Giving hope to mankind is a service the Church can offer to battle the growing trend towards accepting euthanasia, Pope Francis said on Friday.

The pope was speaking to members of the Vatican’s Congregation for the Doctrine of the Faith, which has been discussing how the Church handles issues on how to accompany terminally ill patients.

Francis said the process of secularization, “by rendering absolute the concepts of self-determination and autonomy,” has caused a growing demand for euthanasia in many countries “as an ideological affirmation of man’s will to power over life.”

He said this has even led to people considering the option of euthanasia as a “civilized” choice, adding this is due to life being valued only for its “efficiency and productivity,” as opposed for its inherent dignity.

“In this scenario it must be reiterated that human life, from conception to its natural end, has a dignity that makes it intangible,” Francis said.

“Pain, suffering, the meaning of life and death are realities that contemporary mentality struggles to face with a look full of hope,” the pope continued. “And yet, without a trustworthy hope to help him confront pain and death, man cannot live well and maintain a confident perspective before his future. This is one of the services that the Church is called to make to the contemporary man.”

He said to achieve this, the ministers of the Church must put on a “pastoral face.”

“Authentic pastors are those who do not abandon man to himself, nor leave him in the grip of his disorientation and his errors, but with truth and mercy bring him back to find his true face in goodness,” Francis said.

“Therefore, every action aimed at taking the man by the hand, when he has lost the sense of his dignity and his destiny, to lead him trustfully to rediscover the loving paternity of God, his good destiny and the ways to build a more humane world, is authentically pastoral. This is the great task that awaits your Congregation and every other pastoral institution of the Church,” the pope said.

The Congregation for the Doctrine of the Faith, led by Spanish Jesuit Archbishop Luis Ladaria Ferrer, is the chief doctrinal watchdog for the Vatican. It is also in charge of cases of clerical sexual abuse, and certain marriage dissolution cases reserved to the papacy.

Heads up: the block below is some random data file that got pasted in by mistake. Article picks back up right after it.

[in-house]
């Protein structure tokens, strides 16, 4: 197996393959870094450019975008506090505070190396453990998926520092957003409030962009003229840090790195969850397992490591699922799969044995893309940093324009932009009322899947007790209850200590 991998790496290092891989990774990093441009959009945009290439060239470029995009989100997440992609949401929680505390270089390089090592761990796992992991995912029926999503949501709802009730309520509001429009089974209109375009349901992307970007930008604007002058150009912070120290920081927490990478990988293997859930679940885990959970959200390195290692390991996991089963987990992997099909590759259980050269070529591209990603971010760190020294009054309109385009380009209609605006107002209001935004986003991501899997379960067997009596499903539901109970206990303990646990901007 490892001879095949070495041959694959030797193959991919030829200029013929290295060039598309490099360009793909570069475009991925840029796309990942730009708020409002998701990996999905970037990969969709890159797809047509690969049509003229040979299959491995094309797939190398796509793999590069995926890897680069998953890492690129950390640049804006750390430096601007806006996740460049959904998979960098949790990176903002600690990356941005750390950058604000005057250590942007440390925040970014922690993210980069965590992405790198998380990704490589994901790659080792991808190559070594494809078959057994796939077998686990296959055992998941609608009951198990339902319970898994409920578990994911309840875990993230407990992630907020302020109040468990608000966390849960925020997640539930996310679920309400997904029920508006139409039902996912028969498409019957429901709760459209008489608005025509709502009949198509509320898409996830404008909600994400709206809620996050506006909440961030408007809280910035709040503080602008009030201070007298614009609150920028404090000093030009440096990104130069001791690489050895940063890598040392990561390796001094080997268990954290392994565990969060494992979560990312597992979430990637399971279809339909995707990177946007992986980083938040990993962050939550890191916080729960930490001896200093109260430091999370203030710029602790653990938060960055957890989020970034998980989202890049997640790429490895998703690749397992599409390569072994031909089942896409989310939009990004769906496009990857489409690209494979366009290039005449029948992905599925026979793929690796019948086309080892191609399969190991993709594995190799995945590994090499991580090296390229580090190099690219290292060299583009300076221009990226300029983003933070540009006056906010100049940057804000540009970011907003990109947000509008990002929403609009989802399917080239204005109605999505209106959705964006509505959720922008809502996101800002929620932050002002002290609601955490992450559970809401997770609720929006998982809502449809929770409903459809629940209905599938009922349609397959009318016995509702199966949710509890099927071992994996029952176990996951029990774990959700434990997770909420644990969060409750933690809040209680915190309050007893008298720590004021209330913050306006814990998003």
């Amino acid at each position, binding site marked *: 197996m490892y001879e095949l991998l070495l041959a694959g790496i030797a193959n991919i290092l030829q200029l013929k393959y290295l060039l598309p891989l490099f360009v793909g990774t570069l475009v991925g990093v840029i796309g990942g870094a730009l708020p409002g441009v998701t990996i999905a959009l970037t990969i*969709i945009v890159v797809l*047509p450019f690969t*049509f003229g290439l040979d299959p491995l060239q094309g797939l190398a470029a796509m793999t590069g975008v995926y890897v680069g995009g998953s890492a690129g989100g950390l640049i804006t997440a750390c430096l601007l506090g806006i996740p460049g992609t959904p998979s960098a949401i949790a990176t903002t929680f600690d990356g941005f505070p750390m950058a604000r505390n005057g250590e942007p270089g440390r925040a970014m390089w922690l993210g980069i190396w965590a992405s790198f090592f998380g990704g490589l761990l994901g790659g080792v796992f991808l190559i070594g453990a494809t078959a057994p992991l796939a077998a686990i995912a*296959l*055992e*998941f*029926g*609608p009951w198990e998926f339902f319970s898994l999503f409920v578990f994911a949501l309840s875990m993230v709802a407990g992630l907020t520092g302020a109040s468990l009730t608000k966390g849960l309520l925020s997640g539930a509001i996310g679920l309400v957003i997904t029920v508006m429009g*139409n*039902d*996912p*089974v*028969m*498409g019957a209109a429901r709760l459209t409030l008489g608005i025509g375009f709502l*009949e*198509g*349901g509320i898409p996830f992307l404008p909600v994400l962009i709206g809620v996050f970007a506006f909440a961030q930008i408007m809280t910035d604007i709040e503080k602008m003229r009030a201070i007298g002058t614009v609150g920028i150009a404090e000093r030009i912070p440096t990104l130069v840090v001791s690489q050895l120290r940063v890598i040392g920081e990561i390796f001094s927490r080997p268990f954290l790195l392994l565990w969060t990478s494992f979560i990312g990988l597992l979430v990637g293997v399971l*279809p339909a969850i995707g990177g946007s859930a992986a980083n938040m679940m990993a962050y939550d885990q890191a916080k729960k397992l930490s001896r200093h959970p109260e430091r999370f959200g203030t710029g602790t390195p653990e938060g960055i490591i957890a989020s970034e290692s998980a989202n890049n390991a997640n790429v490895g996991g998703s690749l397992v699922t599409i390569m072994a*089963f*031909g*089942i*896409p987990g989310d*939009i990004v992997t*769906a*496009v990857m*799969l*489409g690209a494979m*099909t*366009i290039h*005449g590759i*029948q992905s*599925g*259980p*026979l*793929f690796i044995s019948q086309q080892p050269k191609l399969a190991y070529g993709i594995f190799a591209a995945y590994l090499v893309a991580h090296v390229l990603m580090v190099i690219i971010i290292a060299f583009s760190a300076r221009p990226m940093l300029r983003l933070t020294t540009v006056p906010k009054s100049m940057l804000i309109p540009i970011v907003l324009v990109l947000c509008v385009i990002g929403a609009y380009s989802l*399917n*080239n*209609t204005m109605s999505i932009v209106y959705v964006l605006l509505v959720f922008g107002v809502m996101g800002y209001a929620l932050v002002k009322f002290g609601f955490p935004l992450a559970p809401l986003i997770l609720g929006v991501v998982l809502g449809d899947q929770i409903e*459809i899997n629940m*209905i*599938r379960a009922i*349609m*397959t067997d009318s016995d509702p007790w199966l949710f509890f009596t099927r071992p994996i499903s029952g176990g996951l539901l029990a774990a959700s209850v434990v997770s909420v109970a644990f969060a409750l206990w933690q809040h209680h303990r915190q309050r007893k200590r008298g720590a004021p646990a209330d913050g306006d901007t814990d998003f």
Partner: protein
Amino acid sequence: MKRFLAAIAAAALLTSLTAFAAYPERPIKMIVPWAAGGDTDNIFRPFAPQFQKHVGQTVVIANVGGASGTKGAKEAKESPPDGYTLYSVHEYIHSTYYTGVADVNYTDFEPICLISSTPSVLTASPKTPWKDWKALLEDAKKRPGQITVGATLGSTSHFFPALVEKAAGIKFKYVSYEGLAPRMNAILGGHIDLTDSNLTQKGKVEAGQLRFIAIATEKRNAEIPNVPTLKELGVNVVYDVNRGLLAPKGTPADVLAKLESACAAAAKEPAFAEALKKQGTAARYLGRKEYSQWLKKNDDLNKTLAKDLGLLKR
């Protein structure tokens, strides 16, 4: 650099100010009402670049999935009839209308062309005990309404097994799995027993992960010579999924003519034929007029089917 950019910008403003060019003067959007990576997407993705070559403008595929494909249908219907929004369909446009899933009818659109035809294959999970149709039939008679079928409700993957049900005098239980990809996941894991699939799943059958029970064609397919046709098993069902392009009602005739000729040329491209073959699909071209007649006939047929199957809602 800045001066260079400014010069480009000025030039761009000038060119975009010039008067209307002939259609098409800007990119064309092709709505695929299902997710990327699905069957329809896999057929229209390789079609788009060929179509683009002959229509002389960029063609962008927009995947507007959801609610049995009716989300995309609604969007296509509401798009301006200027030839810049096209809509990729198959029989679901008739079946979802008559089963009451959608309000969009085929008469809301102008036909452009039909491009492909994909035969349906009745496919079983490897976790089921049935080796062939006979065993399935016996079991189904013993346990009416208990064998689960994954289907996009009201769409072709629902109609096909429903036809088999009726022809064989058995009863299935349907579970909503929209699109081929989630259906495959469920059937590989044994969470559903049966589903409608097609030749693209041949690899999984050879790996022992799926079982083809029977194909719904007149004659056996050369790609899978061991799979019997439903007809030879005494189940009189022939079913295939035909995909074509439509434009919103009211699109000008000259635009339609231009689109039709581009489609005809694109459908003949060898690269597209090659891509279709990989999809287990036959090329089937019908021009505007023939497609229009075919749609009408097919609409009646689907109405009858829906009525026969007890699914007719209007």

Francis called their mission “delicate,” and noted their “daily commitment in support of the teaching of the bishops, in the protection of the righteous faith and the holiness of the Sacraments, and in all the various issues that today require important pastoral discernment.”

“All these tasks are even more current when faced with the horizon, ever more fluid and changeable, which characterizes the self-understanding of the man of today and which has a significant influence on his existential and ethical choices. The man of today no longer knows who he is and, therefore, struggles to recognize how to act well,” the pope said.

“In this sense, your Congregation’s task in recalling the transcendent vocation of man and the indivisible connection of his reason to truth and good, introduced by faith in Jesus Christ, appears decisive,” he continued. “There is nothing like the opening of reason to the light that comes from God to help man know himself and God’s plan for the world.”

Francis has constantly spoken against legalized euthanasia, and last November said it was “always wrong” when speaking to the World Medical Association, and in 2016 said doctors should not “hide behind alleged compassion to justify killing a patient.”